The sponsor even put in a couple of wild cards with international distribution in mind. Top Polish daytime television presenter and boxing champion Agnieszka Rylik swapped features on flying fighter jets for poker lessons from Mike Sexton and a baptism of fire on the felt. Then there was the beautiful Dutch Pop Idol runner-up Maud Mulder, winner of the recent PartyPoker Dutch Open. They all joined a lineup that included the likes of the charismatic Robert Williamson III, German giants Michael Keiner and Eddy Scharf, plus French ace Pascal Perrault. Andy Black, Rene Mouritsen, Jen Mason, Praz Bansi, Ian Frazer, and Martin Wendt were also amongst the group of pros who made their way to Cardiff. Jamie Gold was even in town to play, but illness quashed the opportunity for some of Europe's finest to get their teeth into him.

One of the great aspects of Late Night Poker is the social atmosphere throughout the week. For many, one of the highlights of the week off the felt was when the Fish and Simon Trumper were both upstaged by a pitch-perfect Mulder at karaoke night. The Devil's Shall I Play or Shall I Fold helped pack out the bar, but the growing crowds were transfixed when pinup Mulder belted out Creedence Clearwater Revival's Proud Mary after a number of gin and tonics. The face on the upstaged Ulliott was a picture! Trumper was great at Elvis, but definitely needed a wig to give it more impact.

For me, a highlight was trying to persuade Padraig Parkinson to approach former Republic of Ireland football manager Mick McCarthy in the hotel and tell him that he was a Roy Keane man. There was also much mirth when Mulder introduced herself to Ram Vaswani and he said he played poker "a bit," and Padraig told her he was an online qualifier. A riotous night out with Robert "Monkey Nuts" Williamson III, when he wore a gorilla suit, also sticks in the mind.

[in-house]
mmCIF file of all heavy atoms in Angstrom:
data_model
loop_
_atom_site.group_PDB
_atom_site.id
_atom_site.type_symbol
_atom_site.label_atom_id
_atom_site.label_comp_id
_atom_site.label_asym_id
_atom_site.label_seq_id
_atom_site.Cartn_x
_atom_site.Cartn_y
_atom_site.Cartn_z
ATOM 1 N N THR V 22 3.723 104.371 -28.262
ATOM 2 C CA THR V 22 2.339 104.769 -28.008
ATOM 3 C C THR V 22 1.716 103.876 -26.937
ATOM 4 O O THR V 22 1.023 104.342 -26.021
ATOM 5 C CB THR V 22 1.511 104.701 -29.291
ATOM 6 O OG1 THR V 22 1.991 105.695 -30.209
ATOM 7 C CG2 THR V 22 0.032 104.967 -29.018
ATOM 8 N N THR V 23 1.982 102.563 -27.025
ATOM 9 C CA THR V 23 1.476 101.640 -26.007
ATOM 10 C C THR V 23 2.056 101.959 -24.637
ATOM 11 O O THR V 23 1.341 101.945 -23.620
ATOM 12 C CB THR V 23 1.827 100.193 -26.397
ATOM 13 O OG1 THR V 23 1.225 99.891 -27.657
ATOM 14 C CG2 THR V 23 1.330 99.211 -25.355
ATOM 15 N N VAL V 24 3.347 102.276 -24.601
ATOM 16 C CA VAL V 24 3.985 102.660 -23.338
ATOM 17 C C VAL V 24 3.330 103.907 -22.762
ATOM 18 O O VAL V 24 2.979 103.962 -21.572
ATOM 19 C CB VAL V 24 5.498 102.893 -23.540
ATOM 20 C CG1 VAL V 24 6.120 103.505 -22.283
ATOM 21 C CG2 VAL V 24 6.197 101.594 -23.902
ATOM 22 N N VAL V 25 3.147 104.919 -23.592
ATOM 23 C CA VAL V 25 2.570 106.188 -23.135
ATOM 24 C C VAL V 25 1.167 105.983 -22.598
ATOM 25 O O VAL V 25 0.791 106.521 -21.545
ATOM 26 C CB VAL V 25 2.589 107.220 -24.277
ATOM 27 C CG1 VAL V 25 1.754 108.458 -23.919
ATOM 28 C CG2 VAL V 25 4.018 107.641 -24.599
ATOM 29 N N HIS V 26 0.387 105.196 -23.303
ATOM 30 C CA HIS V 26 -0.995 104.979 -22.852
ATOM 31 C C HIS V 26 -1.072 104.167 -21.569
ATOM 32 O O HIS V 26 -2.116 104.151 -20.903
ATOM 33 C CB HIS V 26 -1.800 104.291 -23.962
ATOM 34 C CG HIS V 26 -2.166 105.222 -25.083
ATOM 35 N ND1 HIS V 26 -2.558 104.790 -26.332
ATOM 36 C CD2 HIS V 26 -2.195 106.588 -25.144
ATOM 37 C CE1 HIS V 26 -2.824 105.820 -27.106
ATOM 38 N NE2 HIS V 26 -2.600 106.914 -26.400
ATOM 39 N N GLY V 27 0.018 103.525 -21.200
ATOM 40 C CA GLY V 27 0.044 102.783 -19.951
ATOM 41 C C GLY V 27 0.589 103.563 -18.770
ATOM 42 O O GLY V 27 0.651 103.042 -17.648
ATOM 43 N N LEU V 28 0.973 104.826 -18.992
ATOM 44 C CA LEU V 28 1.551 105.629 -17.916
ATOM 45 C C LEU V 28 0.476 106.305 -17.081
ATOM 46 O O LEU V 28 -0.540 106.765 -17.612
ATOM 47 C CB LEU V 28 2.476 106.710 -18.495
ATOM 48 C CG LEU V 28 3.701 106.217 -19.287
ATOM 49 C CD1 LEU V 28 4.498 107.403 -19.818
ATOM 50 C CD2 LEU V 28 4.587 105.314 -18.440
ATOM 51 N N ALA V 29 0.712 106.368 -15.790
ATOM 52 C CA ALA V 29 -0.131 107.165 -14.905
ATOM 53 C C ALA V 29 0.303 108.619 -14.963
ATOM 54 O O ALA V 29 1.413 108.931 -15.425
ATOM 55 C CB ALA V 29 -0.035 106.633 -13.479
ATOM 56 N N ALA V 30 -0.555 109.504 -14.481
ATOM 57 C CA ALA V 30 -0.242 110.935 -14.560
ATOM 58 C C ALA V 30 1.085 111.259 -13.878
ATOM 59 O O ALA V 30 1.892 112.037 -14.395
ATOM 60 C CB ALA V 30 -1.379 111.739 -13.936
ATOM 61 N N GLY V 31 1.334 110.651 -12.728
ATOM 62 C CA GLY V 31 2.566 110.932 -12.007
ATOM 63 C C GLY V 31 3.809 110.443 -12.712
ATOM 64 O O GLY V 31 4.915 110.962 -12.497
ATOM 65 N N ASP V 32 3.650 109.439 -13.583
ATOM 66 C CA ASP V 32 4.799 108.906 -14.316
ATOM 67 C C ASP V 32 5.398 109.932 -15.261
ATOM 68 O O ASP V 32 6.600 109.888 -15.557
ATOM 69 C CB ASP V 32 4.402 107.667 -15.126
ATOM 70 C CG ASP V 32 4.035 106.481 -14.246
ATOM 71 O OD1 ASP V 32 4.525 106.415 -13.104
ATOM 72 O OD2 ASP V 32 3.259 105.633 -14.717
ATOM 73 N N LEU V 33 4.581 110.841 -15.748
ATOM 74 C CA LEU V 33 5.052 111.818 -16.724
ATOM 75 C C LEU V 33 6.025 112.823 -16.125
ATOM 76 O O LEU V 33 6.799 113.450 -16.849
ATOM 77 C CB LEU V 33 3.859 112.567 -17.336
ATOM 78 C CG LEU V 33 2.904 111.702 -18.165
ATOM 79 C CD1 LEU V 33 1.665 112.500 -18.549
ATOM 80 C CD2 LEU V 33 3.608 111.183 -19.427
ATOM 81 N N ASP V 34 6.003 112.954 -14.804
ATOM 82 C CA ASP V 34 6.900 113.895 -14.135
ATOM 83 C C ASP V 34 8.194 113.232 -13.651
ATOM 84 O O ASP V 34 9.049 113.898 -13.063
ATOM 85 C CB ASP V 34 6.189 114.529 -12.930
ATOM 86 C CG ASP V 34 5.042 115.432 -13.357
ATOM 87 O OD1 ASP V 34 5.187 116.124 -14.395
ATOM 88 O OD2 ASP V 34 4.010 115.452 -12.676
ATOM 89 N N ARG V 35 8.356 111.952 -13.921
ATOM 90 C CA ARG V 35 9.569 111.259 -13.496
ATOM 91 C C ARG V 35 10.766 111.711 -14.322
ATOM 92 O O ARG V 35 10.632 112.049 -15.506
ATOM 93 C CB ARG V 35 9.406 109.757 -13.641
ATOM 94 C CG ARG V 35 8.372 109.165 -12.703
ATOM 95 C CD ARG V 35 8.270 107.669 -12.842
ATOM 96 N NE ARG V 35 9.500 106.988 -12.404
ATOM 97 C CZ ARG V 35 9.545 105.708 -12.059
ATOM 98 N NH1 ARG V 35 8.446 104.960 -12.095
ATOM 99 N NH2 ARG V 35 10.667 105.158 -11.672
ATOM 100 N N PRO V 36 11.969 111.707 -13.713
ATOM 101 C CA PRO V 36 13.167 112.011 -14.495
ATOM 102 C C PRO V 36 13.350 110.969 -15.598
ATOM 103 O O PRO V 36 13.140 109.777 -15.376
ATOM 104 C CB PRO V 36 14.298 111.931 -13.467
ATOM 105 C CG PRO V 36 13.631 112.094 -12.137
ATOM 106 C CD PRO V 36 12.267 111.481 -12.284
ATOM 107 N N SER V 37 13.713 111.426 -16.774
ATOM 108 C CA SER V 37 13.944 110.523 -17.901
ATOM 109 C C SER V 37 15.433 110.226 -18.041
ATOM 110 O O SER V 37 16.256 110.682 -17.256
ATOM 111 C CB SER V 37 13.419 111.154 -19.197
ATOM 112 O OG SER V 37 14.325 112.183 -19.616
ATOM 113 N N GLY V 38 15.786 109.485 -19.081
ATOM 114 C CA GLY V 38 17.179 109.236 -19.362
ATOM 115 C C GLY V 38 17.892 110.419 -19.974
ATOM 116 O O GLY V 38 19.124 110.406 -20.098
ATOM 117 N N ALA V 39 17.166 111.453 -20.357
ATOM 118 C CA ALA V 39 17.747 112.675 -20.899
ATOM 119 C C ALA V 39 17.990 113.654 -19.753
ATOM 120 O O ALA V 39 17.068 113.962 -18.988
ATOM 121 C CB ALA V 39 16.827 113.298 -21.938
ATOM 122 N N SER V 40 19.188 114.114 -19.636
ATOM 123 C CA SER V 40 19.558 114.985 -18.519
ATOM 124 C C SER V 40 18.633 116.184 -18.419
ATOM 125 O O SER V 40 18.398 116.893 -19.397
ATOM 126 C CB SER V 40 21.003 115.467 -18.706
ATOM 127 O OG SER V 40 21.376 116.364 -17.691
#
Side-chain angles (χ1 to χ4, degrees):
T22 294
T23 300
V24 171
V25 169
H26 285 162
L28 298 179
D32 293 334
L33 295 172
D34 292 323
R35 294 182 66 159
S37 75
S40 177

High Drama
The field also featured 10 online qualifiers who won their seats in exclusive online tournaments on Party. The majority were German, and every night they were in the Steam Bar at the Cardiff Hilton, discussing strategies with recent Premier League Poker runner-up Eddy Scharf. What I will always remember about Eddy is that he is an airline pilot, and is not full time on the poker scene despite worldwide success, including a World Series of Poker bracelet. Just imagine: "Hello, this is your captain speaking. I am going all in; I repeat, I am going all in." It sounds like something Tony G would say. Instead of sending an opponent back to Russia, Eddy could say, "You should leave the country; I will even fly the plane to make sure you do!"

The total prize pool for this year's tournament was $325,000 ($90,000 added), with $125,000 going to the eventual winner. There were 49 players paying a $5,000 buy-in, with seven heats featuring seven players, followed by a semifinal and a final.
This year, there has also been a change to how some of the hands will be shown. "The convention for every poker show these days is to show all the players' cards as soon as they enter a pot," explained producer Rob Thomas. "When Late Night Poker started, the style was very different. Players' cards were revealed at appropriate moments during the hand to create more drama as the hand progressed. Twice in each show, we will see the hand from one player's perspective. We'll see only his particular holecards, which gives the viewer a different perspective as the hand develops. TV poker is about creating drama and tension, and in these instances the commentators will have great fun guessing what the opponent might be holding, and then there's the excitement of the "reveal" moment at the end of the hand. We believe this will enhance the viewer's enjoyment."

This year's production was certainly affected by the tragic news that the original pioneering producer Rob Gardner had passed away. His contribution to televised poker was massive, and tributes have poured in. Then there was the unexpected death of commentator and presenter Vicky Coren's father, Alan, but Vicky headed to Cardiff for the final and was as brilliant as ever. Late Night Poker airs on Channel 4 each Tuesday at midnight. We are not going to let you know who won; you'll have to watch to find out!